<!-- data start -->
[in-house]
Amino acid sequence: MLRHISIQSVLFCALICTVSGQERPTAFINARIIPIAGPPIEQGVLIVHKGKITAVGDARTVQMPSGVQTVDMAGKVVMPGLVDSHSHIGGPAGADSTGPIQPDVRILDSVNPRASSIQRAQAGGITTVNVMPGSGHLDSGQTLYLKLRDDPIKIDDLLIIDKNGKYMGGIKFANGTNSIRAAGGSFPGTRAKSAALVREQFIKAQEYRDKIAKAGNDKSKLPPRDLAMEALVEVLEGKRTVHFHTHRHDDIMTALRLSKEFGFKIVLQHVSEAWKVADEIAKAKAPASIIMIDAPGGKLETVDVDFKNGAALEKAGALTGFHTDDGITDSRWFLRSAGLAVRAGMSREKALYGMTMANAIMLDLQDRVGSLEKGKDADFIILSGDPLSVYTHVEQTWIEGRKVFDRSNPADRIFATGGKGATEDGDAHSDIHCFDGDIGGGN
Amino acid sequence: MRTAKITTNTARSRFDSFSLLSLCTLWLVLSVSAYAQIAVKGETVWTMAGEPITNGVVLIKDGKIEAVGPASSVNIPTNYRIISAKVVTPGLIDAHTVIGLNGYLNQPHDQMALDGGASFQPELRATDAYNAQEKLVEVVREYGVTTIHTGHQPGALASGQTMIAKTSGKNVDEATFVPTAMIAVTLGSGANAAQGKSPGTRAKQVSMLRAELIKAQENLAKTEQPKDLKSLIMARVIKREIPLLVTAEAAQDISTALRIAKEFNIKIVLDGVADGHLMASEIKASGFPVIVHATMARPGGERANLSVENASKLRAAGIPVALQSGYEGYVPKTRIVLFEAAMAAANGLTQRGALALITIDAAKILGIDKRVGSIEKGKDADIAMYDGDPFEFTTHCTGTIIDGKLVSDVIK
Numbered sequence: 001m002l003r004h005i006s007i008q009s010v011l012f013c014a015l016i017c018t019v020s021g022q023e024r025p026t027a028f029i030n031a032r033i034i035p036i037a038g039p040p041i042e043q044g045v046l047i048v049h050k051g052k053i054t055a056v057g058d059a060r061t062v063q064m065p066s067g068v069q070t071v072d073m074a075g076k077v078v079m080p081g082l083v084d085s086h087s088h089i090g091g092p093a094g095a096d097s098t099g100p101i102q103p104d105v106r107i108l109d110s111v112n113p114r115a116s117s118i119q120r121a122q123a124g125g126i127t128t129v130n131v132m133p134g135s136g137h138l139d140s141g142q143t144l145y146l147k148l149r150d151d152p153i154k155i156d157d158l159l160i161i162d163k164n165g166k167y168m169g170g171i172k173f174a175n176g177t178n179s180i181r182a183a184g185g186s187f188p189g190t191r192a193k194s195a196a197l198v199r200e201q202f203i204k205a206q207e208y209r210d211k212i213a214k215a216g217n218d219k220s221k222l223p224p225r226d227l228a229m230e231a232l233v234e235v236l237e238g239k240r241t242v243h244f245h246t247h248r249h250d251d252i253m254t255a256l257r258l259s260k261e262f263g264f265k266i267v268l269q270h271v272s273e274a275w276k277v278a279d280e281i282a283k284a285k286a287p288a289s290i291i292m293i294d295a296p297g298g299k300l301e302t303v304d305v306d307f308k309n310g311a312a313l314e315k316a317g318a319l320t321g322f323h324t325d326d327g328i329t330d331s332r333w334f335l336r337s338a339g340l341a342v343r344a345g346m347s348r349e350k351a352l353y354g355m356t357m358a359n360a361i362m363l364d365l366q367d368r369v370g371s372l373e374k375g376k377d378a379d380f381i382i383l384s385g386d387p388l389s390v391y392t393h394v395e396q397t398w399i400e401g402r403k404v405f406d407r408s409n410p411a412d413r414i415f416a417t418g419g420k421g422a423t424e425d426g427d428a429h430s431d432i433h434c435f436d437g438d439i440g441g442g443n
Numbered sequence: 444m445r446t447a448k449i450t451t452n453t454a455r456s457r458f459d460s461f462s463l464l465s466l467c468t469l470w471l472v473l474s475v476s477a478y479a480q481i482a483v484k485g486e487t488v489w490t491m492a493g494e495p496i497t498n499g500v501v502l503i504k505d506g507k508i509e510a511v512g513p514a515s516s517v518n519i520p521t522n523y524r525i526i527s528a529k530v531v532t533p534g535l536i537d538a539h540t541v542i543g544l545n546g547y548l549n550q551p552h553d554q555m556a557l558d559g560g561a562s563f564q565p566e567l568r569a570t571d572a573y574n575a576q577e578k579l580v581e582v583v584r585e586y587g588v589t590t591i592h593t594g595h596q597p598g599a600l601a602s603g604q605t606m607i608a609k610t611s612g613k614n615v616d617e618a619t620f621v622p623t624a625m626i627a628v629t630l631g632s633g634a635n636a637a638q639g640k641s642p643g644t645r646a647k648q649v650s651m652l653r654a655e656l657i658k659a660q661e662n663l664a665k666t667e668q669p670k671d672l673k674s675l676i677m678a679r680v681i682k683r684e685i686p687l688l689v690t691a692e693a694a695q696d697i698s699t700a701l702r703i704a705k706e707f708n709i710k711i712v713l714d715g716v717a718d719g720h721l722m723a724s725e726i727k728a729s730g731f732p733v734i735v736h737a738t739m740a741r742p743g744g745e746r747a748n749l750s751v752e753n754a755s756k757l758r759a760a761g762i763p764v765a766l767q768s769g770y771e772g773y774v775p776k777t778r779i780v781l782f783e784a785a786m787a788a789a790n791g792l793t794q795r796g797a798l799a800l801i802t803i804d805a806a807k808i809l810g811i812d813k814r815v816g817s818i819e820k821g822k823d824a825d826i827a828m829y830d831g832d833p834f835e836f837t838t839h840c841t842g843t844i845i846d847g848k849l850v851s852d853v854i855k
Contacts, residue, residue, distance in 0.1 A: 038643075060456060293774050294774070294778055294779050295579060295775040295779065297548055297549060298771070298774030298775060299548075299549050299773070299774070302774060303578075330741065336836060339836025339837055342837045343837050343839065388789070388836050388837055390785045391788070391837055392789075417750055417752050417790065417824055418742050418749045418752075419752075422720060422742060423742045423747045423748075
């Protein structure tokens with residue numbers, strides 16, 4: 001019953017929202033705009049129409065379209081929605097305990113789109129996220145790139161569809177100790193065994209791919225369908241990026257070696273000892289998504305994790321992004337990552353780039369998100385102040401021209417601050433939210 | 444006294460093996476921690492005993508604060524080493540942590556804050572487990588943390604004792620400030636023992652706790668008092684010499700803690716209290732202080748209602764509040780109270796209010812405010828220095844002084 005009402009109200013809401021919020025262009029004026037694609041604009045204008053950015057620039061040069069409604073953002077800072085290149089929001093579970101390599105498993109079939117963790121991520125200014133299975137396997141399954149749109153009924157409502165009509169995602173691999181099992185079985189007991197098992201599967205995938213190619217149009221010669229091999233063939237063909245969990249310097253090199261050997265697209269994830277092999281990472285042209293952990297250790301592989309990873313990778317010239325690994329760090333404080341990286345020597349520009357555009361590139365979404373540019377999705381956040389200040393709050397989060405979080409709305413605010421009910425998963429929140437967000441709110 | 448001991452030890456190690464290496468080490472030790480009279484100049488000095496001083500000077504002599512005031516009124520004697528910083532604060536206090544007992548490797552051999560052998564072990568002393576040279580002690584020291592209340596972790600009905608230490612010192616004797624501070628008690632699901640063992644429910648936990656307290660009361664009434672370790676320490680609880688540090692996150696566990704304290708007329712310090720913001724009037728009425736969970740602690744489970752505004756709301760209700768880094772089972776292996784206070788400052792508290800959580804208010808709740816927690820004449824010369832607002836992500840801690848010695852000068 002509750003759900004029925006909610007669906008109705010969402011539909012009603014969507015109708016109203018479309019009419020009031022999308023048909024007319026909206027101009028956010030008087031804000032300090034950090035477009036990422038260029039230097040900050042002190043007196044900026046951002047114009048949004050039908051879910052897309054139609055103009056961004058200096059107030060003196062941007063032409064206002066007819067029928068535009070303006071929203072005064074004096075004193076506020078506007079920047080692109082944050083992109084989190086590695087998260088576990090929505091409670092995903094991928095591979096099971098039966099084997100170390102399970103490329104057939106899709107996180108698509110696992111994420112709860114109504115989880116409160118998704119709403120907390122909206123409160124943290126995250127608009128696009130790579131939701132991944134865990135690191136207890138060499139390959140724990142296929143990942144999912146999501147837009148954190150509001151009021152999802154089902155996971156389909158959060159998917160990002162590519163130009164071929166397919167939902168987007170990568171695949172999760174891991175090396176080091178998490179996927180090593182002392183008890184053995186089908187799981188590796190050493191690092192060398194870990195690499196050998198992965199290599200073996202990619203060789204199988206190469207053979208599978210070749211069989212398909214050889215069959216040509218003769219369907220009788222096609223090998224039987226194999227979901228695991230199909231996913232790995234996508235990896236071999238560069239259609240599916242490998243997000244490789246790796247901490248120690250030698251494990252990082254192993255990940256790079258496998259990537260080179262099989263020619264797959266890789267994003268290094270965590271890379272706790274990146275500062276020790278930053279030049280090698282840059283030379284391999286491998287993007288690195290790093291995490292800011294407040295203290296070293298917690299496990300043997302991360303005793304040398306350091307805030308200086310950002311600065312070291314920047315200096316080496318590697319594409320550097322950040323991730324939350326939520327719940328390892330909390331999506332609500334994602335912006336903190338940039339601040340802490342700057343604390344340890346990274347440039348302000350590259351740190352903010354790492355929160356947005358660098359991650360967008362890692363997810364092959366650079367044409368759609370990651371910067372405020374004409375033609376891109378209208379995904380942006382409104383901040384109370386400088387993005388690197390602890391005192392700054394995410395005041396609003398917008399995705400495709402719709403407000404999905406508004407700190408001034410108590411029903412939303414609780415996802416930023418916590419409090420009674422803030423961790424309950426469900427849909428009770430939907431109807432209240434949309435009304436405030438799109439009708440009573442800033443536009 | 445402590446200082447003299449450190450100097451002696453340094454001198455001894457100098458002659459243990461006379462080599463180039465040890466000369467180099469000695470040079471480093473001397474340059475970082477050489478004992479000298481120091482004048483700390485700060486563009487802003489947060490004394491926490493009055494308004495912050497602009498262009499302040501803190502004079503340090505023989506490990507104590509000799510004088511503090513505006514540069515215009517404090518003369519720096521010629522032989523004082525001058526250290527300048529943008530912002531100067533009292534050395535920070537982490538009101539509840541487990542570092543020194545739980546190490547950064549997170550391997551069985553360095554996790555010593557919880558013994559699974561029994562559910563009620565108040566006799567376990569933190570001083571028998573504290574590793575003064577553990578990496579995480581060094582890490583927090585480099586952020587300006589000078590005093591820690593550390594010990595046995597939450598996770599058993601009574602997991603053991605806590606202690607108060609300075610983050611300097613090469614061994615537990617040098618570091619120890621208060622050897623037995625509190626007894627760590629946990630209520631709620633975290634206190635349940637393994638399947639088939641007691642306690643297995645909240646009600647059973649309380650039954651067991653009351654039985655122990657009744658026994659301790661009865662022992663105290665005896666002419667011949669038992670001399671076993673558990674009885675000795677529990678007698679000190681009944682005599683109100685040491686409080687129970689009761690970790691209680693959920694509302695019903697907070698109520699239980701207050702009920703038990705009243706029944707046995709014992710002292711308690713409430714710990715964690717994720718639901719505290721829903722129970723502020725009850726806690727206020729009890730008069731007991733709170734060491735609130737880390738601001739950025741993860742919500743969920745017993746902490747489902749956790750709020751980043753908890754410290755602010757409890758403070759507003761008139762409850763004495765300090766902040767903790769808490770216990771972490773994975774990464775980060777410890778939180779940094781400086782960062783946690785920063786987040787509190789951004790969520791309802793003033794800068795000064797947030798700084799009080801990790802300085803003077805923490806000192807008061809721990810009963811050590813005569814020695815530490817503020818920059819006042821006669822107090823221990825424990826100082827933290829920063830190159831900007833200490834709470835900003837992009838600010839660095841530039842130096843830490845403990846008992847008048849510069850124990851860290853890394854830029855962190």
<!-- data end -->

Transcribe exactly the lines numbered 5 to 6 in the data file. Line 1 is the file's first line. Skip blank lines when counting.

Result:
Numbered sequence: 444m445r446t447a448k449i450t451t452n453t454a455r456s457r458f459d460s461f462s463l464l465s466l467c468t469l470w471l472v473l474s475v476s477a478y479a480q481i482a483v484k485g486e487t488v489w490t491m492a493g494e495p496i497t498n499g500v501v502l503i504k505d506g507k508i509e510a511v512g513p514a515s516s517v518n519i520p521t522n523y524r525i526i527s528a529k530v531v532t533p534g535l536i537d538a539h540t541v542i543g544l545n546g547y548l549n550q551p552h553d554q555m556a557l558d559g560g561a562s563f564q565p566e567l568r569a570t571d572a573y574n575a576q577e578k579l580v581e582v583v584r585e586y587g588v589t590t591i592h593t594g595h596q597p598g599a600l601a602s603g604q605t606m607i608a609k610t611s612g613k614n615v616d617e618a619t620f621v622p623t624a625m626i627a628v629t630l631g632s633g634a635n636a637a638q639g640k641s642p643g644t645r646a647k648q649v650s651m652l653r654a655e656l657i658k659a660q661e662n663l664a665k666t667e668q669p670k671d672l673k674s675l676i677m678a679r680v681i682k683r684e685i686p687l688l689v690t691a692e693a694a695q696d697i698s699t700a701l702r703i704a705k706e707f708n709i710k711i712v713l714d715g716v717a718d719g720h721l722m723a724s725e726i727k728a729s730g731f732p733v734i735v736h737a738t739m740a741r742p743g744g745e746r747a748n749l750s751v752e753n754a755s756k757l758r759a760a761g762i763p764v765a766l767q768s769g770y771e772g773y774v775p776k777t778r779i780v781l782f783e784a785a786m787a788a789a790n791g792l793t794q795r796g797a798l799a800l801i802t803i804d805a806a807k808i809l810g811i812d813k814r815v816g817s818i819e820k821g822k823d824a825d826i827a828m829y830d831g832d833p834f835e836f837t838t839h840c841t842g843t844i845i846d847g848k849l850v851s852d853v854i855k
Contacts, residue, residue, distance in 0.1 A: 038643075060456060293774050294774070294778055294779050295579060295775040295779065297548055297549060298771070298774030298775060299548075299549050299773070299774070302774060303578075330741065336836060339836025339837055342837045343837050343839065388789070388836050388837055390785045391788070391837055392789075417750055417752050417790065417824055418742050418749045418752075419752075422720060422742060423742045423747045423748075